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Shabbat Parashat Bo 5779

Ask the Rabbi: Moving Kugel into a Cholent Pot

Rav Daniel Mann

Question: May I take a kugel that was on a hot plate on Shabbat and put it into a cholent that is in a crock pot?  

 

Answer: In addition to making sure the kugel and cholent are fully cooked before the transfer, two issues need to be addressed.

One issue is chazara – the prohibition on putting, on Shabbat, a food that was off a heat source onto one unless factors exist that make it considered an innocuous return to its place (see Shulchan Aruch, Orach Chayim 253:2). The main factors are: the heat source must be in a state that raising the heat is unlikely; the food was removed from a heat source with the intention of returning it; one did not put it down (ibid.). When these conditions are met, one may transfer the food from one heat source to another, even if the latter is hotter (Rama, OC 253:2 and Mishna Berura 253:62). Thus, it would seem okay to take food from a hot plate to a crock pot assuming the steps were taken to reduce the chance of raising the crock pot setting (which is a separate discussion).

However, the matter depends on an important machloket: Is it permitted to move food from a refrigerator on Shabbat morning to a hot plate? Let us briefly explain the opinions and the connection. There are two Rabbinic concerns about returning food to a heat source: one may “stoke the coals” (i.e., raise the setting); placing the food looks like cooking. “Shabbat hot plates” have only one setting, eliminating the concern of adjusting. Regarding looking like cooking, some (Halachos of Shabbos (Eider), p. 313; Am Mordechai, Shabbat 7) argue that since hot plates are made only for reheating, no one will make a mistake. Rav Ovadia Yosef adds that the fact that a hot plate is known to be used only for reheating on Shabbat improves the situation, as does the fact that there is space between the heating element and the metal upon which the pot sits (Yechaveh Da’at II:45). They, thus, posit that the hot plate is not halachically considered “on the fire.” The Orchot Shabbat (2:(117)) argues cogently that if someplace is considered “on the fire” enough to forbid taking food from the refrigerator onto it, then one may move food from there to anywhere “on the fire.” However, if a place is categorized as “off the fire,” such that one may put food from the refrigerator onto it, then it is forbidden to move from that place to a full heat source. It is difficult to argue with this thesis, for if it is wrong, one could take food from the refrigerator to even a stove top with a blech in two steps. First, put it on a weak heat source, and from there move it to a full heat source.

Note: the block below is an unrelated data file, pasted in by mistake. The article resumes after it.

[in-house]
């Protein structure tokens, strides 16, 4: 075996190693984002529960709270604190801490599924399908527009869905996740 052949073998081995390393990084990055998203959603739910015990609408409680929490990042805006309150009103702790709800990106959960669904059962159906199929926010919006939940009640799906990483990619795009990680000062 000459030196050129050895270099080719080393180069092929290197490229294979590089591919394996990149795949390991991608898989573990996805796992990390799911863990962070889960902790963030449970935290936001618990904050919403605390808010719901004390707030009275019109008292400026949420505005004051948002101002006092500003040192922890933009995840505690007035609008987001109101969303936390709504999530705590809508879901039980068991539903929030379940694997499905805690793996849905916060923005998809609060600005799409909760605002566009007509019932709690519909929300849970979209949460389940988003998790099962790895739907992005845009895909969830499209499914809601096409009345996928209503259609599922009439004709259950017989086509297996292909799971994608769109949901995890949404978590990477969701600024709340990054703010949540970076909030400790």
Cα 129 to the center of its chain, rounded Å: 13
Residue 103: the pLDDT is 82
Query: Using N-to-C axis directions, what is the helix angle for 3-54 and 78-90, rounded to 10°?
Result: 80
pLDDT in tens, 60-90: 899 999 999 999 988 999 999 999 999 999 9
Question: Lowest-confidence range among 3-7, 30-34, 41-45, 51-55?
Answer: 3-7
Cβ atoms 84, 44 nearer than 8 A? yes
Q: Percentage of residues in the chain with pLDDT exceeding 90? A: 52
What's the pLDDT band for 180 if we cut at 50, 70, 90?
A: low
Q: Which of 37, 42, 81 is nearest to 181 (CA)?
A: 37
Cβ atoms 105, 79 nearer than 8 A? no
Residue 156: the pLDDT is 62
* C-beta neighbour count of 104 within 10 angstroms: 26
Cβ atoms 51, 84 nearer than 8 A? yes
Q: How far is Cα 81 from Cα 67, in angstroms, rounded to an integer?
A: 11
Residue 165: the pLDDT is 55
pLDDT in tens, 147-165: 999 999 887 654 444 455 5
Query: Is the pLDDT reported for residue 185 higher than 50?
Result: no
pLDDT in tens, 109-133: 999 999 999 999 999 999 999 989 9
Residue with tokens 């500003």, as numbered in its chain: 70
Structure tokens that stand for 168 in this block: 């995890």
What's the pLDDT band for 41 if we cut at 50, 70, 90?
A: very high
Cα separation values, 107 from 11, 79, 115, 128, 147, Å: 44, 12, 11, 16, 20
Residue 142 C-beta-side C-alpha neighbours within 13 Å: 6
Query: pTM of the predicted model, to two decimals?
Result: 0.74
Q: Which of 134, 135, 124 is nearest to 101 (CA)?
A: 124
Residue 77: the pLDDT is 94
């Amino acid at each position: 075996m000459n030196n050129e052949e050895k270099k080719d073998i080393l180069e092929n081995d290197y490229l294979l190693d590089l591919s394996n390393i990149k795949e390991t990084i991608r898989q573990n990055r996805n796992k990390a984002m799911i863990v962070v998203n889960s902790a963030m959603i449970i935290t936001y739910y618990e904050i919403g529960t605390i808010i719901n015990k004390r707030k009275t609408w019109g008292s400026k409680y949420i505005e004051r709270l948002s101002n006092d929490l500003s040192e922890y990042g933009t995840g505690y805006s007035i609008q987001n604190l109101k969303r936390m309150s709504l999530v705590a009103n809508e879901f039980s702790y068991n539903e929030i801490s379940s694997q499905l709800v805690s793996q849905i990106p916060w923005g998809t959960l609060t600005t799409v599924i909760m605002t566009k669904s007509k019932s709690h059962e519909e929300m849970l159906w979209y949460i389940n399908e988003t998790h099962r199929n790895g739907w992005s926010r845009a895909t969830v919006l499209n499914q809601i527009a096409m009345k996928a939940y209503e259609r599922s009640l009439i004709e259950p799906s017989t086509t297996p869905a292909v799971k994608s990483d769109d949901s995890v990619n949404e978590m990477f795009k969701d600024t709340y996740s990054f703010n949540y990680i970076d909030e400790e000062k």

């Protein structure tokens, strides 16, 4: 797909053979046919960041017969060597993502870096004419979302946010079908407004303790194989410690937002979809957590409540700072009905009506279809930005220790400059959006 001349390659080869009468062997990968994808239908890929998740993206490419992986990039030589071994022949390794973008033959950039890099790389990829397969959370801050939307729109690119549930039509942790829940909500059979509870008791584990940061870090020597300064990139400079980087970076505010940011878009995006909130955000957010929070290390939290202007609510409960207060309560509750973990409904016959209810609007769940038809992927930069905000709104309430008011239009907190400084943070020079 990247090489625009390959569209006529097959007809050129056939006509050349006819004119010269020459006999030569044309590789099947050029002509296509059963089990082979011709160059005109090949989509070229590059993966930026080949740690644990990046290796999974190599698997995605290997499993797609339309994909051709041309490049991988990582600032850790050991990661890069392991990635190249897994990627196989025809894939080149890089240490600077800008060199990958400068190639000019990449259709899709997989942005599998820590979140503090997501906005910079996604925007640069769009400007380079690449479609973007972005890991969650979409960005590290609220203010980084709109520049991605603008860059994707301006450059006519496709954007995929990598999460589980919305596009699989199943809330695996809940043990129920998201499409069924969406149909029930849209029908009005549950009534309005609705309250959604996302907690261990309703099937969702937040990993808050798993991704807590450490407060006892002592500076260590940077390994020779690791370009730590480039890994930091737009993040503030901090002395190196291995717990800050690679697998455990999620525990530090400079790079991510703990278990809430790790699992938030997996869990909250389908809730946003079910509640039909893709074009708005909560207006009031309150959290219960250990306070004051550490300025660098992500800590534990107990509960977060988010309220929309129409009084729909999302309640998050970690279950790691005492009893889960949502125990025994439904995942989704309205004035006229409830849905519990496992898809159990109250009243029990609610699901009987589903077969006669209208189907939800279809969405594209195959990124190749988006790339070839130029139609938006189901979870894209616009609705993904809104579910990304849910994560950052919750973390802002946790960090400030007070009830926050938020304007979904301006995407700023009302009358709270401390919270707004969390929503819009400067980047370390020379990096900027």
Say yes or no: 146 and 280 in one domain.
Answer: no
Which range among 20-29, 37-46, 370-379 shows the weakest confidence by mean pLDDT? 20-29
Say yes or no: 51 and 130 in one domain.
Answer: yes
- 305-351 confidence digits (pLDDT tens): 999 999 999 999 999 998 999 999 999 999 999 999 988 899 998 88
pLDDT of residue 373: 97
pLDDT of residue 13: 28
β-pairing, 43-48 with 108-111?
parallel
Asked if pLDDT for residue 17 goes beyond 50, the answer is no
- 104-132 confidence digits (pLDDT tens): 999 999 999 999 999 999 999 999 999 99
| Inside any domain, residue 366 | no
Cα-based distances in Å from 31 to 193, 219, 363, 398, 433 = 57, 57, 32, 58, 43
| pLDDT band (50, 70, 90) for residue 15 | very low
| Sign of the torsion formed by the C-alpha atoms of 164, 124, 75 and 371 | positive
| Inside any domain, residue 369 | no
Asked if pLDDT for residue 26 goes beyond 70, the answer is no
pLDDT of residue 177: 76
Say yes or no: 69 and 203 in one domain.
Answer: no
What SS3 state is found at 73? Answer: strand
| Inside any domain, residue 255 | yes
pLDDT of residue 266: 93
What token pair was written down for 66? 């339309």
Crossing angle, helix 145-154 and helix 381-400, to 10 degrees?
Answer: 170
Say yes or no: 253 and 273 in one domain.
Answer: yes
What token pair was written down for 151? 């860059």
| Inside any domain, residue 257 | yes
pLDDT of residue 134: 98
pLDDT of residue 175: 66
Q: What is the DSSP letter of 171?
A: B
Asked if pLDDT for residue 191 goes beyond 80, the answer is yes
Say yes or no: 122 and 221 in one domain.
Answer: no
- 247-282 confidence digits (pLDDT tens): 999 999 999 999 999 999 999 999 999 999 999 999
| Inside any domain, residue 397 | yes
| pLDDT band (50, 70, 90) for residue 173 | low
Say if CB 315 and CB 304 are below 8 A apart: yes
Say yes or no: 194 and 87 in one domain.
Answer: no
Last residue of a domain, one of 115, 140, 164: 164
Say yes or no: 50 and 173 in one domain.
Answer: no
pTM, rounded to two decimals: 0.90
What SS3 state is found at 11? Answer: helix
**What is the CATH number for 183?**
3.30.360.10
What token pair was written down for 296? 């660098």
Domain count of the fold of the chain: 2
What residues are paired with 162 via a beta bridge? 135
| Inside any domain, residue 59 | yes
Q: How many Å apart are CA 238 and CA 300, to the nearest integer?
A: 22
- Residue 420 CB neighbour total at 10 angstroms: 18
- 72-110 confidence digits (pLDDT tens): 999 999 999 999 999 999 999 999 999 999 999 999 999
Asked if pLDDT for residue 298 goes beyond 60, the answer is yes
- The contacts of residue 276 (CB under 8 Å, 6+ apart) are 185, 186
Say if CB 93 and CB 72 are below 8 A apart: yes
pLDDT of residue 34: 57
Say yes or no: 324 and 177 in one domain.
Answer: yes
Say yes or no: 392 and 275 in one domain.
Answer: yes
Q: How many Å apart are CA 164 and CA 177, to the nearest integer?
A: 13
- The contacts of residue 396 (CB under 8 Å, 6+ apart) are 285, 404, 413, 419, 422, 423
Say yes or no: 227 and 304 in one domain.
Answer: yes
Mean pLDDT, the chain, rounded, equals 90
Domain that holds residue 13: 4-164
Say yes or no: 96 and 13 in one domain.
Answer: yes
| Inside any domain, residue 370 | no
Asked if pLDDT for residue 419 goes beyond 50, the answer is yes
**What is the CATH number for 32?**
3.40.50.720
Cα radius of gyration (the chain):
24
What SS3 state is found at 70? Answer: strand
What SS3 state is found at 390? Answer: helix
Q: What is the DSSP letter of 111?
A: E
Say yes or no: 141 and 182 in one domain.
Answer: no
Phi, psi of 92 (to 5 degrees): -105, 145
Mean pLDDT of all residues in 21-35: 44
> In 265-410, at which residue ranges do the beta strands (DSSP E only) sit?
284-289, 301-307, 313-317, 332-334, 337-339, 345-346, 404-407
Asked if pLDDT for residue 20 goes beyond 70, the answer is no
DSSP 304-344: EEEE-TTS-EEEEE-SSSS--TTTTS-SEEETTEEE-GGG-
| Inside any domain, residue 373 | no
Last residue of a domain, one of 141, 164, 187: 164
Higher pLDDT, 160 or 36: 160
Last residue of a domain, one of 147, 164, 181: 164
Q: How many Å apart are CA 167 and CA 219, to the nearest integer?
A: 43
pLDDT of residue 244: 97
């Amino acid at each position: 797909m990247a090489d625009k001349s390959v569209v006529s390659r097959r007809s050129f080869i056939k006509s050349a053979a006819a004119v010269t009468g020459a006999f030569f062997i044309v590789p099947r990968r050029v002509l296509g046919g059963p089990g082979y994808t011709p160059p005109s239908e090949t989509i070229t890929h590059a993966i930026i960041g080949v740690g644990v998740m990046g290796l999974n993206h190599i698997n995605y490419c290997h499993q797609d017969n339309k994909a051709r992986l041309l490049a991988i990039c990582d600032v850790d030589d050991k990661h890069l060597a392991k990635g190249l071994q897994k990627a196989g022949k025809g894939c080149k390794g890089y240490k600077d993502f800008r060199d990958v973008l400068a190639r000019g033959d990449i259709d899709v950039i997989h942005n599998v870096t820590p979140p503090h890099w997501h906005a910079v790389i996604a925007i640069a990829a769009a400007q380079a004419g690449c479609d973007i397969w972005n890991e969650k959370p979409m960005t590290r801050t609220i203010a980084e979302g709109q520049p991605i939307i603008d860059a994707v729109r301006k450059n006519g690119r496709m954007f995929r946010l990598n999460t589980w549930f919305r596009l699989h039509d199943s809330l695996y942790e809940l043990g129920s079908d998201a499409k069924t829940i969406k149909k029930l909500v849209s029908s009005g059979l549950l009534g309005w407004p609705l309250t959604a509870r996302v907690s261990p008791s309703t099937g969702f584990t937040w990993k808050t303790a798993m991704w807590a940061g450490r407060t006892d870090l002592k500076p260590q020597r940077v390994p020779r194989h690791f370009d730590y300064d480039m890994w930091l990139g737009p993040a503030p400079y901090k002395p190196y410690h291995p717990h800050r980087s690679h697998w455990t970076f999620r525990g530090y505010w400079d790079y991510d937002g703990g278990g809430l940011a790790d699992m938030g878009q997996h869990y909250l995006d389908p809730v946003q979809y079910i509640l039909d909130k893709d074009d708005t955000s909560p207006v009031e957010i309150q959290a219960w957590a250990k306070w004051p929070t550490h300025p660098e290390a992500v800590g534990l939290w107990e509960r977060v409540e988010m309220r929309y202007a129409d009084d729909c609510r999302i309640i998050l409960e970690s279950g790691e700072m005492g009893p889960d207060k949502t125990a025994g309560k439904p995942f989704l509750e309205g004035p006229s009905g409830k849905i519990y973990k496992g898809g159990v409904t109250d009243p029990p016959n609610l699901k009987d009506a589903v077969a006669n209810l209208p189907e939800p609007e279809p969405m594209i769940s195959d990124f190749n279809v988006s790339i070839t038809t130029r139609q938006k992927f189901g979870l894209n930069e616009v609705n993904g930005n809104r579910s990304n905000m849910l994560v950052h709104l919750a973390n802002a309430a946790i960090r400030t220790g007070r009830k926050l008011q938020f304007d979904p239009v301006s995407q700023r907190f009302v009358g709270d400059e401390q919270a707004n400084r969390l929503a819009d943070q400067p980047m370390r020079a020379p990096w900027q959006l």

Thus, if you follow the lenient opinions above, regarding the hot plate, you could not move the kugel from there to a crock pot, for the latter is a full heat source, as it is used for cooking food from scratch. If you follow the stringent opinions regarding placing food on a hot plate on Shabbat (such as Shemirat Shabbat K’hilchata 1:25), the laws of chazara would not preclude your moving a kugel from a hot plate to a crock pot. (If one is stringent for a hot plate only out of doubt/chumra, then it would be a problem to treat as a real heat source in order to allow moving from there to a crock pot.)

Another issue is hatmana – insulating something to keep it hot, which is forbidden on Shabbat and sometimes even before Shabbat (see details in Shulchan Aruch, OC 257-8). If the kugel is wrapped in aluminum foil or the like and put in the cholent, with the latter keeping it warm, it seems a candidate for this prohibition. (Food directly within other food is not a problem (Shemirat Shabbat K’hilchata 1:72).) However, there are at least two ways to solve all problems. First, if the kugel is not fully submerged, it is not hatmana (see Mishna Berura 258:2). Second, if one makes holes in the aluminum foil, so that taste of cholent is expected to enter the kugel, the cholent and kugel are considered united enough for hatmana not to apply (Orchot Shabbat 1:93). (Additional grounds for leniency regarding hatmana are beyond our present scope.)

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